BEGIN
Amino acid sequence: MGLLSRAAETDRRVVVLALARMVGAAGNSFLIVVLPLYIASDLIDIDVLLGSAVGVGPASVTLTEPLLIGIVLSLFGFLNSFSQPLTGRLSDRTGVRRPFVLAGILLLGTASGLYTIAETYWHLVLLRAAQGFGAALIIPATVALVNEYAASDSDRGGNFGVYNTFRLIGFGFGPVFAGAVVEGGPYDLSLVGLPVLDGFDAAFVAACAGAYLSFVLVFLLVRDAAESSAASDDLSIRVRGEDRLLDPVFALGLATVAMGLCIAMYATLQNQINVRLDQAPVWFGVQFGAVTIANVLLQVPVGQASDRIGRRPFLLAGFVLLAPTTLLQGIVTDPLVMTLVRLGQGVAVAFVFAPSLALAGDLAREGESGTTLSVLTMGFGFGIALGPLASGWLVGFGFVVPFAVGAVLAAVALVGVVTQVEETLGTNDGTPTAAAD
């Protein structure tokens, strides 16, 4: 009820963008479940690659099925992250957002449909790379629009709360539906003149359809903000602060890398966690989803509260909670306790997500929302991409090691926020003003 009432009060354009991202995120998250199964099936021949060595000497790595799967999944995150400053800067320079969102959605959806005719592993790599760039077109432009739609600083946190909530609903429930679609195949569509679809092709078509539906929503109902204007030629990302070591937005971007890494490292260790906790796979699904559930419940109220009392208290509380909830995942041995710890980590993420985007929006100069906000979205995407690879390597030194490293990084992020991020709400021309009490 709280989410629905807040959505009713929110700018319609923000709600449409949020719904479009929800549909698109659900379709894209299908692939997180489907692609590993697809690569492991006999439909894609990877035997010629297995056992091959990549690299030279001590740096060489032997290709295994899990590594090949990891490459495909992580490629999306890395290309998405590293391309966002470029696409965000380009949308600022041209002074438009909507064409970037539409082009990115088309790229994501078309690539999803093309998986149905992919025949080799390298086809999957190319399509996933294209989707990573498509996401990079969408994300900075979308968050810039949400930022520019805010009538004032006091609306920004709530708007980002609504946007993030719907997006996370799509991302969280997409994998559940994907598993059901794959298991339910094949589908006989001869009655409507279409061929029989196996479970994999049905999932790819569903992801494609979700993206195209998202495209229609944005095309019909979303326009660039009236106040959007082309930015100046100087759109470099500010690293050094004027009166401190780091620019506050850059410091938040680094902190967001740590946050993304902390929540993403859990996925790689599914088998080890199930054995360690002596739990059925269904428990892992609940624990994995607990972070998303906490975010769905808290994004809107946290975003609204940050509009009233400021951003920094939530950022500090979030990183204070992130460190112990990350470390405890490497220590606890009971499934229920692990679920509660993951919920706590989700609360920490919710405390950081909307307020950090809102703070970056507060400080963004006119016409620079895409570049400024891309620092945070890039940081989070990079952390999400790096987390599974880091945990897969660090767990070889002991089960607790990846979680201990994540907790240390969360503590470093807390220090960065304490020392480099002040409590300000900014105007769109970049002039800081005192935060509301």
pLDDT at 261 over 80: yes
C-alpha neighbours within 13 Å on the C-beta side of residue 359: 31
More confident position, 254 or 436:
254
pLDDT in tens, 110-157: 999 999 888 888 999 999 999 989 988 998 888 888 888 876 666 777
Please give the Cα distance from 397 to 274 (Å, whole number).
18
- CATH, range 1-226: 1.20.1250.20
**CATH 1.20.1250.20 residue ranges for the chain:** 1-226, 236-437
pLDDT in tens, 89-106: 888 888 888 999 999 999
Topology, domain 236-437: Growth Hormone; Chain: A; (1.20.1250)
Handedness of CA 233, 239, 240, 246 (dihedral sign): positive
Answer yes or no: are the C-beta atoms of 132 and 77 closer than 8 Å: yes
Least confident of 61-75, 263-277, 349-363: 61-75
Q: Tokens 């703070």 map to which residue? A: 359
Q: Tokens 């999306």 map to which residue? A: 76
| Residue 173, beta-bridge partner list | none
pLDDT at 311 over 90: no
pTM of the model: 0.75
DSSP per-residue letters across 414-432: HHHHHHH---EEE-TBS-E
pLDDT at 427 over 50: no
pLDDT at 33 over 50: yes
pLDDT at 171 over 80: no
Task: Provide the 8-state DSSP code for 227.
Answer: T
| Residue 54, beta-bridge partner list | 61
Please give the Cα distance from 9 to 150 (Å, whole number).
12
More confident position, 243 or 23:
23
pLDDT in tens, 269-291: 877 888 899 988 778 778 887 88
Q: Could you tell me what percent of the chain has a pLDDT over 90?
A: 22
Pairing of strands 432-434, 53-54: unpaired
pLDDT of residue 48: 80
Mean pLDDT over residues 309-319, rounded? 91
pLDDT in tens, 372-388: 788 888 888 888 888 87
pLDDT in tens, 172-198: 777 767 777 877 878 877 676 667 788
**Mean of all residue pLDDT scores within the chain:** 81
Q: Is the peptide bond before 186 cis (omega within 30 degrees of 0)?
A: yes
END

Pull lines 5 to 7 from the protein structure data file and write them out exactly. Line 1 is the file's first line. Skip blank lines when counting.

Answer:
More confident position, 254 or 436:
254
pLDDT in tens, 110-157: 999 999 888 888 999 999 999 989 988 998 888 888 888 876 666 777